By Stephen Witt
CFB denial of matching funds questioned
Insurgent 42nd District City Council candidate Mercedes Narcisse and her campaign manager Michael Roberts charged this week that Campaign Finance Board official Chris Dragotakes assured them on numerous occasions that Narcisse was in line to receive public matching funds and yet never received any such money.
According to Campaign Finance Board records, Narcisse raised $95,320 in her failed primary race against Kings County Democratic boss Frank Seddio’s protégé Alan Maisel for term-limited Lew Fidler’s seat. Of this money, Narcisse put in a claim that $34,125 was eligible for public matching funds.
Maisel, the standing assemblyman, raised slightly more than $81,000, or about $14,000 less than Narcisse, and received $92,400 in public matching funds. Additionally, the Real Estate Board of New York (REBNY) spent $237,706 as an independent expenditure on behalf of Maisel’s campaign. They also spent $46,458 in negative mailings and attack ads against Narcisse.
Maisel won the primary with 59 percent of the vote to Narcisse’s 41 percent.
“I think it’s a lot of crap,” said Narcisse campaign manager Mike Roberts of the CFB denying public money to the campaign. “We bent over backwards getting them information and they kept shifting the goal posts. They wanted information dating back to 2007 and making unreasonable demands even after she (Narcisse) was certified and made the threshold twice.”
CFB spokesperson Matt Sollars responded that beginning in March, the campaign failed to respond to routine requests for documentation that helps the CFB ensure campaigns are complying with the law.
“The campaign was never able to satisfactorily demonstrate that it had complied with the disclosure requirements,” he said. “In addition, the campaign had the opportunity to petition the board to reconsider, but failed to do so.”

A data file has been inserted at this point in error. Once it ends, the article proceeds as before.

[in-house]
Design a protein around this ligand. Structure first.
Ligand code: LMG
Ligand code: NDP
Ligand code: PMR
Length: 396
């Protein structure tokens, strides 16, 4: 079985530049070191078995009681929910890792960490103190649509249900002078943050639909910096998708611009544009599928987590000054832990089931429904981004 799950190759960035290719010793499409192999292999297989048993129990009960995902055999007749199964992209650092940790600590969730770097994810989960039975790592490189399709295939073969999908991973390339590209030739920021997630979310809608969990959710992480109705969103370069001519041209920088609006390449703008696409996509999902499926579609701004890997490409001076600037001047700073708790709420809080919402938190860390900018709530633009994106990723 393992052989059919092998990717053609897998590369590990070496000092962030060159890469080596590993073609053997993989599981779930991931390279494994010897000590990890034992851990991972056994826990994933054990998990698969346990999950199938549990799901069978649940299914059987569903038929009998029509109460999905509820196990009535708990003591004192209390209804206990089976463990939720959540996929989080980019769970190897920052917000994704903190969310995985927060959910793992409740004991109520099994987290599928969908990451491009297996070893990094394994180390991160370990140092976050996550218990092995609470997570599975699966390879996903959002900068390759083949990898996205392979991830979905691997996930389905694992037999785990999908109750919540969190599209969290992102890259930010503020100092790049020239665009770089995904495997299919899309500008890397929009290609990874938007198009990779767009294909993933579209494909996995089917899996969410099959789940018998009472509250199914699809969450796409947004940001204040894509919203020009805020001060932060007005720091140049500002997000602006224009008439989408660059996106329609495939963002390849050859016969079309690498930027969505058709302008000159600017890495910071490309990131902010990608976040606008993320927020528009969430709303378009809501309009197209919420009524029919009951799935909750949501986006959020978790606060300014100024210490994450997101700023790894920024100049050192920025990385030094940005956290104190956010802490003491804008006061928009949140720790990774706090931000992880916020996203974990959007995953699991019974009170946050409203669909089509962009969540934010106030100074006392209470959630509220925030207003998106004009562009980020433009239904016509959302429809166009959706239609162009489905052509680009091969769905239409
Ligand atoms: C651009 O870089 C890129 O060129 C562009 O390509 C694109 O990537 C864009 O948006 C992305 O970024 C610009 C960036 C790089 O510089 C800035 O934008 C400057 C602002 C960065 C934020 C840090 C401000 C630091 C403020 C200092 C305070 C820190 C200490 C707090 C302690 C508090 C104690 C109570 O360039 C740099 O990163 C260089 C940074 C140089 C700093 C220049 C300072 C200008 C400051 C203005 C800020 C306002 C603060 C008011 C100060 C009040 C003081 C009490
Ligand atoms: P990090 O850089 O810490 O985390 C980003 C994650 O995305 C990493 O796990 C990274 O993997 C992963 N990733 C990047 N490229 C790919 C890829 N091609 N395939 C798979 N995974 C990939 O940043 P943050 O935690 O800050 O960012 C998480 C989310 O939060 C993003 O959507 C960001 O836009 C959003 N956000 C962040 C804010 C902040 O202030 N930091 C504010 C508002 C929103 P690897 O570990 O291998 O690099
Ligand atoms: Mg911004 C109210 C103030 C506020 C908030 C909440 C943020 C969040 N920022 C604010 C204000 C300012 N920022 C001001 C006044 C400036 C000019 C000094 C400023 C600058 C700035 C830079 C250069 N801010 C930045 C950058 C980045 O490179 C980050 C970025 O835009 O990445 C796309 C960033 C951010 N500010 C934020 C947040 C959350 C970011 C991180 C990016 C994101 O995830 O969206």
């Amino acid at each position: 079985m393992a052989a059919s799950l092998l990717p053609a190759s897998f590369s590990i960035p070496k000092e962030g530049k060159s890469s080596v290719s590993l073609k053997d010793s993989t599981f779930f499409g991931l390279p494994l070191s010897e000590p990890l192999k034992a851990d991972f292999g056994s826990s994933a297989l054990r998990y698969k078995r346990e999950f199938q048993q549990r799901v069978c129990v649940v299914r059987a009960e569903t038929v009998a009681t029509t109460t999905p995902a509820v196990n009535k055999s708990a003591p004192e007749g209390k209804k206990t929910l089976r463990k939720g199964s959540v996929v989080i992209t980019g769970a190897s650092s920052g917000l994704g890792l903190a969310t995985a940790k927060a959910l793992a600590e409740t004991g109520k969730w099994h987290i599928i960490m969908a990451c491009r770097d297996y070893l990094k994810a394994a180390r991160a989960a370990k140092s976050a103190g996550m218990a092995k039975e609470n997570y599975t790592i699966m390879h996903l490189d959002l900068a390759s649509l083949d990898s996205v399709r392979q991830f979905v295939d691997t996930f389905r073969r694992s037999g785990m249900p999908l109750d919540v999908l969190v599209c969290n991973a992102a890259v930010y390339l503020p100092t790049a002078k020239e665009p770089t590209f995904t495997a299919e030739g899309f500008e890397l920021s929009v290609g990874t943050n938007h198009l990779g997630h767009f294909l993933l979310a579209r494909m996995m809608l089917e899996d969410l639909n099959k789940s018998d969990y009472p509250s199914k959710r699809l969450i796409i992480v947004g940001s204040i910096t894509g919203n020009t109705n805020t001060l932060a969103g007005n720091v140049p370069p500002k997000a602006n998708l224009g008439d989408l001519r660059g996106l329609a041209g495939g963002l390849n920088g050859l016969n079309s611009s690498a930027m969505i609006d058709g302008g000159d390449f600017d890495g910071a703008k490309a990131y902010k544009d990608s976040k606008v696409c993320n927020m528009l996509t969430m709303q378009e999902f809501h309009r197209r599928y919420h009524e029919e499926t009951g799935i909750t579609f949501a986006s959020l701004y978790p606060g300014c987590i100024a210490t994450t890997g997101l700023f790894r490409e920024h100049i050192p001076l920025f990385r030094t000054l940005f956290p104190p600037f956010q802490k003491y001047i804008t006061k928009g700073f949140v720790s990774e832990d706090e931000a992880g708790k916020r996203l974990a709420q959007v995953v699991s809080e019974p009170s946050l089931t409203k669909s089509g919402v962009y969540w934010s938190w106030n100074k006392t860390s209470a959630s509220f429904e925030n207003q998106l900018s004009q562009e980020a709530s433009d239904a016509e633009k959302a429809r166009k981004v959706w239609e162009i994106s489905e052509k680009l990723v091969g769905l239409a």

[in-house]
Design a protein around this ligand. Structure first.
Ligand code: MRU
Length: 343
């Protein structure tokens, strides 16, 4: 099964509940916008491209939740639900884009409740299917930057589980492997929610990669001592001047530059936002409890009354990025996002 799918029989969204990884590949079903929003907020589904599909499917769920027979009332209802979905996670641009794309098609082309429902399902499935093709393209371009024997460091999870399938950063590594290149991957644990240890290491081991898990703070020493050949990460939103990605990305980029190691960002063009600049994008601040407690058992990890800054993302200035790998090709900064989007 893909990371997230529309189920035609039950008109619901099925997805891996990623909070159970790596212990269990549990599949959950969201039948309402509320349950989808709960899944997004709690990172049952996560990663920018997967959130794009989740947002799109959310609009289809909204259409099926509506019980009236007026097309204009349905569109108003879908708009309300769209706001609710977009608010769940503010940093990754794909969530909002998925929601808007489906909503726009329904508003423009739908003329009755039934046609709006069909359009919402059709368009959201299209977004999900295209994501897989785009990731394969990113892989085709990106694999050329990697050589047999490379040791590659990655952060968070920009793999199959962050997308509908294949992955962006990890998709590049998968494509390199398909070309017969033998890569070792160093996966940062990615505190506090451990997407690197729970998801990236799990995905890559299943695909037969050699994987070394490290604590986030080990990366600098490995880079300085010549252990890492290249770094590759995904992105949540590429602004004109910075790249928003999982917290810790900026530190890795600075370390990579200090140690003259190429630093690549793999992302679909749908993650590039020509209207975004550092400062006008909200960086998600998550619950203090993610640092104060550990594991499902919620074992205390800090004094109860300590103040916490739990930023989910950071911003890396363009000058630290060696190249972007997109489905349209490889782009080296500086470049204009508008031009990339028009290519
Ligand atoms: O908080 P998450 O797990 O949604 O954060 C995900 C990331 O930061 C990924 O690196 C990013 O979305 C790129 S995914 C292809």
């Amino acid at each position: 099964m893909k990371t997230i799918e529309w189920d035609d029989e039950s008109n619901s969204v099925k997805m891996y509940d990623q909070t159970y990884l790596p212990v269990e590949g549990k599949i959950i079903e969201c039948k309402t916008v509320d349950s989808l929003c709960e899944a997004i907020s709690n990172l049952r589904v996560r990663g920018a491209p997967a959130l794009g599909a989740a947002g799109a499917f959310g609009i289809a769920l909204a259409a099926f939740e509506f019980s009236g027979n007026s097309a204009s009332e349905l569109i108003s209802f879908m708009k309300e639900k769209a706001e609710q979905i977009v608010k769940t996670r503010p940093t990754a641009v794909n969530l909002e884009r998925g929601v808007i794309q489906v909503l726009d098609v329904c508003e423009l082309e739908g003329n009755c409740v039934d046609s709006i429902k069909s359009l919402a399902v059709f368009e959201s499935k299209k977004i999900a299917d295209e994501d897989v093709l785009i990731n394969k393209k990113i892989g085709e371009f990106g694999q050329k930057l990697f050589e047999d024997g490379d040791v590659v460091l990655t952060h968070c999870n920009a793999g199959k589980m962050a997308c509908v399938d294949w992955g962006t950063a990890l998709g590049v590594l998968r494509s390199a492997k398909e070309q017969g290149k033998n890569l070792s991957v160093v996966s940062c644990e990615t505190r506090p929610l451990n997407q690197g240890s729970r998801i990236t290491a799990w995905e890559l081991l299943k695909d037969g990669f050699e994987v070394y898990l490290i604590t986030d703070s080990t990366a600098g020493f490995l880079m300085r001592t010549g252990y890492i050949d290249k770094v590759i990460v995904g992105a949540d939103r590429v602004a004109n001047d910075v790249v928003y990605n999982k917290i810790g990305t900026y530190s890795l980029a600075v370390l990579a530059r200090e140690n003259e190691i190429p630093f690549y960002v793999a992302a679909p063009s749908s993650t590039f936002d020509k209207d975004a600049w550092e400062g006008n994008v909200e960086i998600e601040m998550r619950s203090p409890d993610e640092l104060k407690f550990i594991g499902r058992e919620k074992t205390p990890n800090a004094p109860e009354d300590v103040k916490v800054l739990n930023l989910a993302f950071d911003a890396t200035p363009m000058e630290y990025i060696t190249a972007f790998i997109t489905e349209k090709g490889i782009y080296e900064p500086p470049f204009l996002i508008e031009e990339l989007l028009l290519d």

Narcisse said she didn’t file a petition to the CFB to reconsider because they strung her along for months, and by the time they denied her funds, it was only days before the primary and she had to focus on getting out the vote.
Narcisse said while she has no evidence that Seddio’s powerful Brooklyn machine might have convinced the CFB to go over her papers with a fine-tooth comb, she thinks it is entirely possible.
“The politics around this town is they (the Kings County Democratic Machine) do a lot of things and control a lot of things,” said Narcisse. “But in the future, if they (CFB) really want to help a first-time candidate they should work with them and don’t tell them everything’s okay and then deny funds.”
KCP has issued a FOIL (Freedom of Information Law) request to the CFB for all correspondences between the agency and Narcisse’s campaign for the past year and a half. It is waiting to hear for a reply.
Seddio’s Next Decision
With the primary season over, Kings County Democratic boss Frank Seddio has consolidated his role as kingmaker with hardly a reformer in sight.
Among those who Seddio helped to power and who now appear as loyal soldiers are Congressman Hakeem Jeffries, State Senator Eric Adams, who ran unopposed in the primary for Borough President, and City Councilman Jumaane Williams, who came up through Seddio’s powerful Thomas Jefferson (TJ) Democratic Club and will need Seddio’s help in upcoming City Council committee assignments.